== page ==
White House Issued a Marijuana Civics Lesson, Not a Marijuana Policy

White House Issued a Marijuana Civics Lesson, Not a Marijuana Policy
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White House Press Secretary Sean Spicer sparked a flurry of media coverage last Thursday, February 23, when he uttered approximately 320 words about federal marijuana enforcement.

He did not articulate any new policy positions for the administration, which was good, because Donald Trump entered the White House with the best position on marijuana policy of any incoming president in modern history. Most notably, he has repeatedly said that states should be able to establish their own marijuana policies, without contradiction. He has also expressed support for legal access to medical marijuana, which Spicer mentioned.

Nevertheless, several media outlets leapt to the conclusion that the federal government is surely planning an all-out assault on state marijuana laws. I was also surprised to see that allies within the marijuana policy reform movement were also contriving a fight where none exists. According to a hyperbolic statement from one allied organization, "Spicer declared war on much of the cannabis community yesterday when he announced the Trump administration intends to engage in the 'greater enforcement' of federal anti-marijuana laws."

But Spicer did not “declare” anything. He was not proactively announcing a prepared, written policy on behalf of the Trump administration. Quite the opposite, he was reactively offering an impromptu, oral opinion on behalf of himself. Those are important distinctions.

Here is what Spicer actually said, which was in response to a reporter's question about whether the federal government would ramp up enforcement on recreational marijuana businesses:

“I think that’s a question for the Department of Justice. I do believe that you’ll see greater enforcement of it, because again, there’s a big difference between the medical use, which Congress has, through an appropriations rider in 2014, made very clear what their intent was on how the Department of Justice would handle that issue. That’s very different from the recreational use, which is something the Department of Justice will be further looking into.”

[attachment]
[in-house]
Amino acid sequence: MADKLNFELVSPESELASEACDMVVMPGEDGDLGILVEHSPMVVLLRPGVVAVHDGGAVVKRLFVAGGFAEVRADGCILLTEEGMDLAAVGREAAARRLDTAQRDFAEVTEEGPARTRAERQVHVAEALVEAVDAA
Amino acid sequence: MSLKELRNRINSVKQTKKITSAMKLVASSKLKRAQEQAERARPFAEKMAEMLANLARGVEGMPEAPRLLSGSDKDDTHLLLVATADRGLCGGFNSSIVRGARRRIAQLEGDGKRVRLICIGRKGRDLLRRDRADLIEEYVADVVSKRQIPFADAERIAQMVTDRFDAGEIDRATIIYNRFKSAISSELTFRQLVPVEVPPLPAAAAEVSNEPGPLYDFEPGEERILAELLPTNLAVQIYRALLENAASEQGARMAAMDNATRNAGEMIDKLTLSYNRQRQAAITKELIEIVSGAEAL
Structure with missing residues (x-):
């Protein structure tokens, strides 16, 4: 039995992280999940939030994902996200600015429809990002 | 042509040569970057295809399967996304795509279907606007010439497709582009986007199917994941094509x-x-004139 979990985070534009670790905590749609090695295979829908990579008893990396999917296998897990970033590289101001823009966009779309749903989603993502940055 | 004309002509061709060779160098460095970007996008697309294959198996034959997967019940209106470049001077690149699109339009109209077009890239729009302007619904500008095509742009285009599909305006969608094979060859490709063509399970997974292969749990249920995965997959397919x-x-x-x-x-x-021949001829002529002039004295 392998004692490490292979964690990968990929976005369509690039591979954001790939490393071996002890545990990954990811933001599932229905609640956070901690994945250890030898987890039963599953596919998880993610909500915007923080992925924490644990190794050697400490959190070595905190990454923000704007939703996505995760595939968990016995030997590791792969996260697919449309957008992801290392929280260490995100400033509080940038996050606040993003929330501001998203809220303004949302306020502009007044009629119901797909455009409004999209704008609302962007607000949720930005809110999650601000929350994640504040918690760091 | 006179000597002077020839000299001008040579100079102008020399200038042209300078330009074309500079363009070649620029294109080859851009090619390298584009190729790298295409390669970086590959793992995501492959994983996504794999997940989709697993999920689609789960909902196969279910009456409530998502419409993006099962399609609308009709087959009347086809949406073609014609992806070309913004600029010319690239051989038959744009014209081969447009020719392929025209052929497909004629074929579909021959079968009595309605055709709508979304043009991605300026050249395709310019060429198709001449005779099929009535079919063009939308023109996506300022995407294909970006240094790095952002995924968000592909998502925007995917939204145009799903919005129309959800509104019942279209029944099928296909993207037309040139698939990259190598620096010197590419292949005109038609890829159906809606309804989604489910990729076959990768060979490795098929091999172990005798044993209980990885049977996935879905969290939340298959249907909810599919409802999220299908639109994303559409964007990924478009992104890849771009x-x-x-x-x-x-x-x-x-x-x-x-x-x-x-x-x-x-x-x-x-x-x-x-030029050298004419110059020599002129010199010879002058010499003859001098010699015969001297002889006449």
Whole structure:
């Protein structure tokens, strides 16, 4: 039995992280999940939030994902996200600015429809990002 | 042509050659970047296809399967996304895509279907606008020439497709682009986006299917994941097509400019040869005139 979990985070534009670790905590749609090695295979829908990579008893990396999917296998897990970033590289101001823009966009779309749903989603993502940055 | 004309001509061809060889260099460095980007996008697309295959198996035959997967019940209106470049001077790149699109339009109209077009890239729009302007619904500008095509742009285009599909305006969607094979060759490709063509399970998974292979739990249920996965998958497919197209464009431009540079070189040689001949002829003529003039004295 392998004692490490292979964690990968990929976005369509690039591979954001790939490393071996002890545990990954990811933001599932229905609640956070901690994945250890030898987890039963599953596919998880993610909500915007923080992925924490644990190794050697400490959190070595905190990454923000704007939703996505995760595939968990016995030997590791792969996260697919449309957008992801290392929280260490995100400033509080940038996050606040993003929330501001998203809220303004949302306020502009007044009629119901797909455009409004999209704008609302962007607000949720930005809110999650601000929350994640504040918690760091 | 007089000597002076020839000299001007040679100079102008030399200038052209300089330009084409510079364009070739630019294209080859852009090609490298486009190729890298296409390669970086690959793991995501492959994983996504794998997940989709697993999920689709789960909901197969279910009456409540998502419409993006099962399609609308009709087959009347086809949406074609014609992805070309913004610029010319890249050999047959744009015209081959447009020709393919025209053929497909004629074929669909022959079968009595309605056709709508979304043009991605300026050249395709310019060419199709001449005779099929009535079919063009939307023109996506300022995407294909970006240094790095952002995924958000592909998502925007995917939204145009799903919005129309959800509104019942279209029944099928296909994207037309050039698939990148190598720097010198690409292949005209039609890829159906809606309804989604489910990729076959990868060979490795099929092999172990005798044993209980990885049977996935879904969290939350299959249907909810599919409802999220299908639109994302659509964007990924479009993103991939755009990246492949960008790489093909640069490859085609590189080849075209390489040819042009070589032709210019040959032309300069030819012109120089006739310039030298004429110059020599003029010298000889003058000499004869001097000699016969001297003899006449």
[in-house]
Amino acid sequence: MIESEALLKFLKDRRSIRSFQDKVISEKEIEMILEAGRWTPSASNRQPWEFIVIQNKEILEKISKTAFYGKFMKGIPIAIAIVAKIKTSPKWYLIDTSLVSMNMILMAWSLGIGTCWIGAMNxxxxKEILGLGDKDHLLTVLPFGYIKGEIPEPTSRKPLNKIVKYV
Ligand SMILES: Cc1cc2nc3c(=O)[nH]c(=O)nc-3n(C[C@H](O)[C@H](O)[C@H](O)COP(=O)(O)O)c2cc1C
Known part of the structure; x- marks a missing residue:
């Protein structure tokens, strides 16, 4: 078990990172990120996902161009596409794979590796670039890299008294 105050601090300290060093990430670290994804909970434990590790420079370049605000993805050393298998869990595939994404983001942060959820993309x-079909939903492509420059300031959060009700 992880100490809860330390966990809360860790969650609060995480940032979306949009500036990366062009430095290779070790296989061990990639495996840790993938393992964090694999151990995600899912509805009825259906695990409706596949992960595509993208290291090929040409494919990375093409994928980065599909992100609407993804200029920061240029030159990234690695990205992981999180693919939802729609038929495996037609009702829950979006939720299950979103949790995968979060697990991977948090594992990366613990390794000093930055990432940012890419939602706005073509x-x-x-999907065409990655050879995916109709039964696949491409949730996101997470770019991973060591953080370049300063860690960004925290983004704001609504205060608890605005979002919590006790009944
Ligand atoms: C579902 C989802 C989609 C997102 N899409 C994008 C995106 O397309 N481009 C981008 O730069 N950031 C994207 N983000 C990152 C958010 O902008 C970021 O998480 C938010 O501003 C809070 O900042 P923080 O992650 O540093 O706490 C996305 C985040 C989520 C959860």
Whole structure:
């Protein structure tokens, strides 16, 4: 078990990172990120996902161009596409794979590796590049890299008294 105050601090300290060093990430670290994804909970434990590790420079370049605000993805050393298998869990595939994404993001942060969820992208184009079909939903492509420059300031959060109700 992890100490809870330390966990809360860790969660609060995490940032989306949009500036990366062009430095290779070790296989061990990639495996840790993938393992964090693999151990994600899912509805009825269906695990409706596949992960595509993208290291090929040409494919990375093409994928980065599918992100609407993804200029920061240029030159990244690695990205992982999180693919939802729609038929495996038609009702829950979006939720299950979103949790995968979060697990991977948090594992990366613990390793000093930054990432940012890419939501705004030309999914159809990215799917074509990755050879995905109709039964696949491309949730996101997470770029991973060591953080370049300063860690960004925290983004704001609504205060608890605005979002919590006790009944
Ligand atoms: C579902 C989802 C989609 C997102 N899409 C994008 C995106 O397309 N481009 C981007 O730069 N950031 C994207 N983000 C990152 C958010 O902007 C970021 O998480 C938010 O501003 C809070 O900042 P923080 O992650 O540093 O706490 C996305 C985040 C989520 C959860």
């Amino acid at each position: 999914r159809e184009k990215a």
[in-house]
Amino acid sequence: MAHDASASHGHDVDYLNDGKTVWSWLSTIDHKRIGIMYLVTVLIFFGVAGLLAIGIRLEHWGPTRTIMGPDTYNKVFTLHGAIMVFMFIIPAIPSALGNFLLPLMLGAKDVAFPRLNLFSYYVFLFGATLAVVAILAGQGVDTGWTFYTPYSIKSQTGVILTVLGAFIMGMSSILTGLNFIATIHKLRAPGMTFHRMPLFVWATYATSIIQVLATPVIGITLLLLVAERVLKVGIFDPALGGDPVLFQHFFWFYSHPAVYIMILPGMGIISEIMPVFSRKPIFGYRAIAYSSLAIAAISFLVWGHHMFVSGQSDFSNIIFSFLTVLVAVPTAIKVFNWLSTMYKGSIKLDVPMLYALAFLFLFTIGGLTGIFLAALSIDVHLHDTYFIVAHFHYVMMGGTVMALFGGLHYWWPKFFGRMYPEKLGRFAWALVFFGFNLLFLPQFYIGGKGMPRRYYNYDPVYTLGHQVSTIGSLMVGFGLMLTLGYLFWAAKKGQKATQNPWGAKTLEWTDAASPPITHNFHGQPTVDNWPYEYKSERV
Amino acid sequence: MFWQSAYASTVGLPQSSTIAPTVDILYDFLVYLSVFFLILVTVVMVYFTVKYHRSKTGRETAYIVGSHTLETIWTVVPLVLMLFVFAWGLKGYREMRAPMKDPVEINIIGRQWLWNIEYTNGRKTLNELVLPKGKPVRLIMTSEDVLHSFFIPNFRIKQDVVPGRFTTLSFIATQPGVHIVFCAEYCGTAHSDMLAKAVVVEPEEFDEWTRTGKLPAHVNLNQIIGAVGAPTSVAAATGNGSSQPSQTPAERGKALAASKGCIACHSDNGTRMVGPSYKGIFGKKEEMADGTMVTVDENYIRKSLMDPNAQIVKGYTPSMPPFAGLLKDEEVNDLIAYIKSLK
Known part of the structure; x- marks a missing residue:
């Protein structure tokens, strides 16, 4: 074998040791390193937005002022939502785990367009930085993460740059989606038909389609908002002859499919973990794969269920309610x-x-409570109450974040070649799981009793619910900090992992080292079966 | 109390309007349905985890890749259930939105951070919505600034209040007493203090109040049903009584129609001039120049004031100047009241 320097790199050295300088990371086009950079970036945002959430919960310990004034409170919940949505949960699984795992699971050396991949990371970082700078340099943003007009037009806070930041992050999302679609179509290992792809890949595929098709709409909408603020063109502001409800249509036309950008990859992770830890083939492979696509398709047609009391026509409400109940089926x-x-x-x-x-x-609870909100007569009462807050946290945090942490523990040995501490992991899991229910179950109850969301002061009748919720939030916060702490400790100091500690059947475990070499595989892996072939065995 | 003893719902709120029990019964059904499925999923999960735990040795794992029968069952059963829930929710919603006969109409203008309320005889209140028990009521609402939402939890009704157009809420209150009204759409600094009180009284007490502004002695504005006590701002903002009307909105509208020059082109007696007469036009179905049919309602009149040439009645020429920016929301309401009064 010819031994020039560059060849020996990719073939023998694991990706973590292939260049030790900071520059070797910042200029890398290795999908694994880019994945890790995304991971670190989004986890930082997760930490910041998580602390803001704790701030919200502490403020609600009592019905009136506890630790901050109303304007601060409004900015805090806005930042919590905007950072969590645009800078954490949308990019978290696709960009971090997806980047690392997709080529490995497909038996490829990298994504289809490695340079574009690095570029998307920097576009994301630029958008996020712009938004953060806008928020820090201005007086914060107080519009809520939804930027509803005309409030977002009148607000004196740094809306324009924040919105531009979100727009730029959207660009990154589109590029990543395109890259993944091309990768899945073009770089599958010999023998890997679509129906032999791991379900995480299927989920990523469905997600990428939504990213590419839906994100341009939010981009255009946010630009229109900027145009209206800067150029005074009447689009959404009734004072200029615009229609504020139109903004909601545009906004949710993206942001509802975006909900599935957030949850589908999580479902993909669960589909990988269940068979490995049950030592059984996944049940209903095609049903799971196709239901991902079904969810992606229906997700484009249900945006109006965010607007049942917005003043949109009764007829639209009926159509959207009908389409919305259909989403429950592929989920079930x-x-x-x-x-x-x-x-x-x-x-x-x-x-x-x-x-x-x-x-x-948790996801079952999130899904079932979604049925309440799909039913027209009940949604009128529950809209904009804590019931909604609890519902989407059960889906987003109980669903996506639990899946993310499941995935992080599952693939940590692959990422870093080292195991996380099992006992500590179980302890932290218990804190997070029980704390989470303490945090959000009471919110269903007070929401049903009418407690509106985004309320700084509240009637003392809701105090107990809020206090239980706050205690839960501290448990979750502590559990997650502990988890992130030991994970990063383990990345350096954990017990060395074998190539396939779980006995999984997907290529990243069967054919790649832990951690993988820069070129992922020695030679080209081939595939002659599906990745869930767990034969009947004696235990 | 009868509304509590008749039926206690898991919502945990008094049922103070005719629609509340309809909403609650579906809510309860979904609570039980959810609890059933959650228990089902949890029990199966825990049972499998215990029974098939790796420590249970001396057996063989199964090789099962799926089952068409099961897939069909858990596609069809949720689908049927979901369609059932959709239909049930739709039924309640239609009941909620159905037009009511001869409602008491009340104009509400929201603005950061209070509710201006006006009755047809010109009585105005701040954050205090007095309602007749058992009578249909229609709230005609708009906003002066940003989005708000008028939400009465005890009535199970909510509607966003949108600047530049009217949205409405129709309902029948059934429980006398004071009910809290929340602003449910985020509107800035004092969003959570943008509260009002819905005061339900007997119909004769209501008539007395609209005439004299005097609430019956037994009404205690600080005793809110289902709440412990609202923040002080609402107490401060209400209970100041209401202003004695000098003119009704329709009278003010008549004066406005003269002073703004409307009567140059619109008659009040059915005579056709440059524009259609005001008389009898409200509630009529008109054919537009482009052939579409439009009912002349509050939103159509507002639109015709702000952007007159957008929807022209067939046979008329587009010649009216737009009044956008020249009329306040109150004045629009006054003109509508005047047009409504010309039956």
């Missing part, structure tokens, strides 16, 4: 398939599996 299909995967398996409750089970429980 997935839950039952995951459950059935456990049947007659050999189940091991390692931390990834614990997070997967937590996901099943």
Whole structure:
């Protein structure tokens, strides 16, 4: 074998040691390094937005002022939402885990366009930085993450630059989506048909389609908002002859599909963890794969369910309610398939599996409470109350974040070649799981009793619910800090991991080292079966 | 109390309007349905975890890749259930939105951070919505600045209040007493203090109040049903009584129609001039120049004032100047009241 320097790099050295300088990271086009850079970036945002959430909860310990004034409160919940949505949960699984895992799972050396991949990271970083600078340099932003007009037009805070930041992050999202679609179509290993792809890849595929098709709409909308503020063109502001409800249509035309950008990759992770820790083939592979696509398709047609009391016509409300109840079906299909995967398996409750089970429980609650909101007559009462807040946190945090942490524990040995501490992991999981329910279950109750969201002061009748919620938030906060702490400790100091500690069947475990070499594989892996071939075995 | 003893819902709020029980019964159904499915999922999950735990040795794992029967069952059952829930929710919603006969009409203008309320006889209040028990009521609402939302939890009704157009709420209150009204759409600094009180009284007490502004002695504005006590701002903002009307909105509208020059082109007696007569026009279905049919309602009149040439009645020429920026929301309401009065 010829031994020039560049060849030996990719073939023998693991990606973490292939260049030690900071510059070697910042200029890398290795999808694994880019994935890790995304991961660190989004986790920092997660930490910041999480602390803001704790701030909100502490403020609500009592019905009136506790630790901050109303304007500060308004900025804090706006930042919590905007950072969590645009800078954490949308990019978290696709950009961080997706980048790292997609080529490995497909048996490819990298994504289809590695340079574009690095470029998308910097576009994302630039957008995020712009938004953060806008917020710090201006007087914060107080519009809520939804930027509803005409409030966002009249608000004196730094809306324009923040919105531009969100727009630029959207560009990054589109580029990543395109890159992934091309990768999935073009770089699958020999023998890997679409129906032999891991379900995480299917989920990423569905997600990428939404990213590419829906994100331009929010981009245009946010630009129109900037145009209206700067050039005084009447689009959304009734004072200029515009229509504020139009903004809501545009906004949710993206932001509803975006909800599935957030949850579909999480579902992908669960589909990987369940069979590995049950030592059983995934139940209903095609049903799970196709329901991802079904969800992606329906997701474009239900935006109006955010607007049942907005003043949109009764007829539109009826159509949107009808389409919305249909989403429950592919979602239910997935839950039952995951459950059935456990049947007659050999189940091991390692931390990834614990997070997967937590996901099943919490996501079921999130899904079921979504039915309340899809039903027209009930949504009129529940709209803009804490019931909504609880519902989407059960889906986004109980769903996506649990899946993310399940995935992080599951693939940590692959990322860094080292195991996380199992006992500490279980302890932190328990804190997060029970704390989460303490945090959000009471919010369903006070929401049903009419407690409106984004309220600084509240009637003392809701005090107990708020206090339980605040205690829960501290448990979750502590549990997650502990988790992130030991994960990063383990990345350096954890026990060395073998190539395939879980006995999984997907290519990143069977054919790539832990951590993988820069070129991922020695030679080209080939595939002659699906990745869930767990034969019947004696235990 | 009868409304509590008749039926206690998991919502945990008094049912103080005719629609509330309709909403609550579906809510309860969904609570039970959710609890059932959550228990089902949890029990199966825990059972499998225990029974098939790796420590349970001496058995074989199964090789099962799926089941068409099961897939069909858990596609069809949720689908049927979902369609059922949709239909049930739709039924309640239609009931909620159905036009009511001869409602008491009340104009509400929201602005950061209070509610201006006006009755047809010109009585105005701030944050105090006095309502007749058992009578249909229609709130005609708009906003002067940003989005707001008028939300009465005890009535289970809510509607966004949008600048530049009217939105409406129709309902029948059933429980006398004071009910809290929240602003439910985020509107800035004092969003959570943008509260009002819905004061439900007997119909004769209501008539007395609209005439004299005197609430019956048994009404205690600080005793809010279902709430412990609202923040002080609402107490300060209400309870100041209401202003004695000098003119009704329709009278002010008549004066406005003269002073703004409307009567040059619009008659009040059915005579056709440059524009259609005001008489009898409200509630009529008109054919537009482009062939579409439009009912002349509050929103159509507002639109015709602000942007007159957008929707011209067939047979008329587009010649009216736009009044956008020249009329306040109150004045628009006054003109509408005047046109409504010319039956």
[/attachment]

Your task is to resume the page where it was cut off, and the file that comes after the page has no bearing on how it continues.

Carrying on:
Even if one insists that Spicer was expressing policy rather than opinion, he did not express anyone's plans or intentions to do anything. Rather, he imparted a two-part civics lesson.

The first lesson involved the federal government’s policy on state medical marijuana laws. He highlighted the Rohrabacher-Farr amendment, a rider the Republican-controlled House added to a huge annual spending bill that Congress passed and President Obama signed in December 2014. This amendment — which has been renewed twice and is still law — prohibits the Justice Department from spending taxpayer money to interfere with state medical marijuana laws. This rider is currently attached to the huge spending law that is set to expire on April 28, and one of its sponsors, Congressman Dana Rohrabacher (R-CA), predicted to me on February 23 that Congress will renew and extend that large spending package, including all of its current amendments, through September 30.

Spicer's second civics lesson involved the federal government’s policy on recreational marijuana laws. He correctly observed that the Justice Department has the authority to determine the extent to which it enforces federal prohibition laws in states that have adopted recreational marijuana laws.

This spring, when Congress debates DOJ's and all other federal departments' budgets for FY 2018, Congress can double down on the Rohrabacher-Farr Amendment by also passing a similar rider known as the McClintock-Polis amendment. This provision, sponsored by Congressmen Tom McClintock (R-CA) and Jared Polis (D-CO), would essentially extend the same protection to the recreational marijuana laws that have been enacted in eight states.

Could the McClintock-Polis amendment really pass and solve most of our problems, one year at a time? Yes.

In July 2015, the Republican-controlled House narrowly defeated the amendment 206-222. If we pick up perhaps nine more votes, the amendment would pass in the House and move to the Senate, where it has a good chance of surviving (although the Senate has never held a roll-call vote on marijuana legislation).

According to a nationwide survey of 1,323 voters released last week by Quinnipiac University, a whopping 71 percent of voters "oppose the government enforcing federal laws against marijuana in states that have already legalized medical or recreational marijuana." In other words, 71 percent of U.S. voters support the McClintock-Polis amendment.

There is no logical reason for the Justice Department to escalate DEA raids on recreational marijuana businesses. Doing so would be politically unpopular, bad public policy, and the opposite of what Trump said throughout his campaign. And while freshly confirmed Attorney General Jeff Sessions might not share the president’s feelings, Spicer said in January that Trump trumps Sessions.

We can and should hope that Trump is a strong manager in this regard. But just in case he changes his mind, Congress should include the McClintock-Polis amendment in DOJ's next spending bill to ensure that the federal government respects all state marijuana laws, starting on October 1.

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